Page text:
The Five Principles of Patriotism

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We talk a lot about Patriotism, especially around July 4th, but we need also to take to heart its five basic principles.

First: True patriotism isn’t simply about waving the American flag. And it’s not mostly about securing our borders, putting up walls and keeping others out.

It’s about coming together for the common good.

Second: Real patriotism is not cheap. It requires taking on a fair share of the burdens of keeping America going – being willing to pay taxes in full rather than seeking tax loopholes and squirreling away money abroad. Not just voting but becoming politically active, volunteering time and energy to improving this country.

Third: Patriotism is about preserving, fortifying, and protecting our democracy, not inundating it with big money and buying off politicians. It means defending the right to vote and ensuring more Americans are heard, not fewer.

Fourth: True patriots don’t hate the government of the United States. They’re proud of their country and know the government is a tool to help us solve problems together. They may not like everything it does, and they justifiably worry when special interests gain too much power over it. But true patriots work to improve our government, not destroy it.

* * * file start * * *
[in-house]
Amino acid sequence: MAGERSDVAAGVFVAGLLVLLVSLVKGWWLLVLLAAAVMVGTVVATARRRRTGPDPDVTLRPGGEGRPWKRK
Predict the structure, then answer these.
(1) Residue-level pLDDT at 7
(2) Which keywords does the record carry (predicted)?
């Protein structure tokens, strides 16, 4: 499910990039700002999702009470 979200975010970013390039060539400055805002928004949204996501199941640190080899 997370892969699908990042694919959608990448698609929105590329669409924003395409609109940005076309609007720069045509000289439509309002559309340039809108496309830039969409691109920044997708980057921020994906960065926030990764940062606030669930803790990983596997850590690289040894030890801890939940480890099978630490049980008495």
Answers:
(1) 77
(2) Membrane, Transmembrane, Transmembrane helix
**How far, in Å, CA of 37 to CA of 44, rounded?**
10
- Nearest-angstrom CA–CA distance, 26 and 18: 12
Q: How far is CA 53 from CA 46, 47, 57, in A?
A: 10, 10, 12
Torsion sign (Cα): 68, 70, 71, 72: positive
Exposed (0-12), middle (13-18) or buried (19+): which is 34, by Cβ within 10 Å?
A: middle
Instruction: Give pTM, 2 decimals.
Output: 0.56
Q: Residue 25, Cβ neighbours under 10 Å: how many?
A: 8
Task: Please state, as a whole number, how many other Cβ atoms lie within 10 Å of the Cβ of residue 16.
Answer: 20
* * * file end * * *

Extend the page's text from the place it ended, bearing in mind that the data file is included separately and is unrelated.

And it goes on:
Finally, patriots don’t pander to divisiveness. They don’t fuel racist or religious or ethnic divisions. They aren’t homophobic or sexist or racist.

To the contrary, true patriots seek to confirm and strengthen and celebrate the “we” in “we the people of the United States.”

Have a happy and safe Fourth of July.

This article was originally published on Robert Reich’s blog.

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Robert B. Reich is Chancellor's Professor of Public Policy at the University of California at Berkeley and Senior Fellow at the Blum Center for Developing Economies. He served as Secretary of Labor in the Clinton administration, for which Time Magazine named him one of the ten most effective cabinet secretaries of the twentieth century. He has written fourteen books, including the best sellers "Aftershock", "The Work of Nations," and"Beyond Outrage," and, his most recent, "Saving Capitalism." He is also a founding editor of the American Prospect magazine, chairman of Common Cause, a member of the American Academy of Arts and Sciences, co-founder of the nonprofit Inequality Media and co-creator of the award-winning documentary, Inequality for All.

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